Have you ever wanted to change a game’s genre? I know I have. I look at Dishonored and wish it would have been in a third-person perspective instead of first-person. I look at Ninja Gaiden: Dragon Sword and wish it would have been an action game like its predecessors. And then I look at Grim Grimoire for the PlayStation 2 and wish it would have been a traditional RPG. Or an action-RPG. Or even a grid-based strategy-RPG. I knew what I was getting into when I decided to try this Vanilla Ware title, but I was hoping that everything about it would cause me to overlook the gameplay.
For instance, I thought the wonderful music and solid voice acting backing it up would help drive the exposition. Hitoshi Sakimoto composed a whimsical yet classic soundtrack for Grim Grimoire. His style is in full swing, but there are more touches of fantasy and pep in this collection of music. As you hear this music, you’ll also hear great voice work done by notable voice actors and actresses such as Wendee Lee and Yuri Lowenthal. Also, seeing as though this is a Vanilla Ware title, I figured the gorgeous aesthetics would allow me to overlook the game play. In comparison to other work done by this company such as Odin Sphere and Muramasa, Grim Grimoire features large character portraits, stunning backgrounds and fantastical monsters. In fact, this might be the best looking game Vanilla Ware has ever created and it’s easy to stop what you’re doing due to staring at everything.
The story is also memorable. The star of the show is Lillet Blan, a young magician that has been accepted into a magic academy called the Tower of the Silver Star. This darling little lady has big dreams to become a powerful wizard in order to help out her family. During her orientation, Lillet meets some colorful characters (most of which are named after alcoholic beverages, which is awesome) and learns the ropes. However, during her fifth day in school, a terrible tragedy hits the academy. Oddly enough, Lillet is spared any harm, but she is taken back in time to her first day. Lillet needs to investigate the truth behind the tragedy and the time loop she entered. She is a great leading character and the folks she meets are equally entertaining. The mystery behind the events of the time loop and the events that occur on the fifth day start to reveal themselves as the character’s true personalities begin coming to light. At a glance, GG looks like it would be a Harry Potter knockoff, but it is anything but thanks to the solid writing and characters.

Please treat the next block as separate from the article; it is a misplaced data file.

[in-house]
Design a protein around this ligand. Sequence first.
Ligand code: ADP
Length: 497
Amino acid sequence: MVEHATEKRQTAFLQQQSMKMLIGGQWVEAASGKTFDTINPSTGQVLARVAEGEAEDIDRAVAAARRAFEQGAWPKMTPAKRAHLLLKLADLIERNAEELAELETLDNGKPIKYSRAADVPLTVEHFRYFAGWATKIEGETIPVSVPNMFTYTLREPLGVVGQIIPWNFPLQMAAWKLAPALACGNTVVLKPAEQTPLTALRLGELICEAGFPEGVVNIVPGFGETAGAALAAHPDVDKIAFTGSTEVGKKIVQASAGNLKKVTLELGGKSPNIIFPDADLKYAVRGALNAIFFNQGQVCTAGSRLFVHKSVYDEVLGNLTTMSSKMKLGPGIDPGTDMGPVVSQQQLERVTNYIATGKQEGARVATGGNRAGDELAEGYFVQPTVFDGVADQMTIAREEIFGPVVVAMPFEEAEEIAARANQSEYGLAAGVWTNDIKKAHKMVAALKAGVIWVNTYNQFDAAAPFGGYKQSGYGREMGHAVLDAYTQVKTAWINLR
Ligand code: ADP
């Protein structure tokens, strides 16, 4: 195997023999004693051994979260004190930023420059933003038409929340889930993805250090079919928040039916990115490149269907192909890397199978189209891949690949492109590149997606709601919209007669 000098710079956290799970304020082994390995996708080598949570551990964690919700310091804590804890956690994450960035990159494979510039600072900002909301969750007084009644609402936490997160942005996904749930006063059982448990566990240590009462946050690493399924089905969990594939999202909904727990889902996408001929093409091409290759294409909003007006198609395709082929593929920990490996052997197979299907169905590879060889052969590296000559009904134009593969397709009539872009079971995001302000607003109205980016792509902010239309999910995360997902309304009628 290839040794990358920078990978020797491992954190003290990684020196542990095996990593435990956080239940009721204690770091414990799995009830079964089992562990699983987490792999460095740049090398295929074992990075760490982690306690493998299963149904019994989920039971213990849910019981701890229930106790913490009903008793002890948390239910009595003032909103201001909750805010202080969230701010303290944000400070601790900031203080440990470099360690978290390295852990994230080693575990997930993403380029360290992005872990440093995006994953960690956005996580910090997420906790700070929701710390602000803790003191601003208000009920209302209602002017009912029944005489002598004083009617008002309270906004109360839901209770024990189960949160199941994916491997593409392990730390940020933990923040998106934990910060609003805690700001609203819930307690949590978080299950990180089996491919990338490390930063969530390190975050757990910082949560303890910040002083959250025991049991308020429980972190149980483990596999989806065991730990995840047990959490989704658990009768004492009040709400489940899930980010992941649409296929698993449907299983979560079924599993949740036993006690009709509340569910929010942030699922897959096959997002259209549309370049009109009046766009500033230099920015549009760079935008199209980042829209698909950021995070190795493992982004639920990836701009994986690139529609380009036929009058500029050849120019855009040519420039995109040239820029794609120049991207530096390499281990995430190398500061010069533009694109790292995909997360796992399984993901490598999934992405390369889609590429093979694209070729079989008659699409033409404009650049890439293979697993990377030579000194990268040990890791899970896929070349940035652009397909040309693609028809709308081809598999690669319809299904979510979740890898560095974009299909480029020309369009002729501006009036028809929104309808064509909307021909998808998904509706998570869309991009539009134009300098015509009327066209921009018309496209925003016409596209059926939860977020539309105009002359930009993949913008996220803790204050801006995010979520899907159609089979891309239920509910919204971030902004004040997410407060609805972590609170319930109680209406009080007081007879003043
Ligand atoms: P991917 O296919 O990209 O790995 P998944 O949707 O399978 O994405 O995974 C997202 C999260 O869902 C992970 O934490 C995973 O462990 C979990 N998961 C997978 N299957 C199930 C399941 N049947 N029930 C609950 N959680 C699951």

Grim Grimoire is a linear title that plays like this: you see a story event, you are prompted to save your game, and you enter a battle. You can re-watch any story event that you like, as well participate in bonus battles. The game is hands off during the story segments since they consist of nothing but dialogue. When battles begin, you will be in full control. Grim Grimoire is a real-time strategy title; something that I am not fond of. At the start of a battle, Lillet needs to create runes. Runes are used to summon familiars that are used to gather magic power, fight against enemies, provide support, and so on. The controls are straightforward: just point to a unit and tell it what to do. Elves are your token gatherers. They spend their time harvesting magic and making sure that each rune is fully functional. Fairies are able to fly through floors and snipe enemies with their bows. Undead monsters move slowly, but they pack a wallop. As Lillet advances in the game, she will get new Grimoires which are used to create new creatures. One interesting aspect of the game is that each familiar that gets summoned has a strength and weakness, similar to rock-paper-scissors. There are four types of magic: glamour, sorcery, necromancy and alchemy. Obviously, this means there are lots of possible ways to achieve victory, but at the same time, there are lots of ways to find yourself defeated. When you finish your objective, you will receive a ranking based on how many of your units you lost and how much magic you were able to gather.
*sigh* I just don’t find games like this fun. While Grim Grimoire is nothing as basic as Warcraft or as awful/unfair as Heroes of Mana, it still suffers from the same issues of the genre. Also, the battle maps lack variety. Still, gamers that do enjoy this type of game will feel right at home. There are many options at your disposal, so I can understand the satisfaction of building an army from nothing. It’s just not the genre for me and I wish that Lillet’s adventure was in a different type of game.
Grim Grimoire will take about 25 hours to finish. Once you have seen the last of the credits, there is still more to offer such as bonus battles, trials, and challenges. I can say that I gave the game a fair chance. I knew how I would participate in Lillet’s adventure before I even popped in the disc. I’m not an RTS fan, so I recommend this game only to those that are. Had this game been constructed differently, I would be giving it a higher rating because the look, the music, the writing and the plot are wonderful. Like any video game, you should do your research and understand what it is you’ll be doing before taking the plunge into this time loop.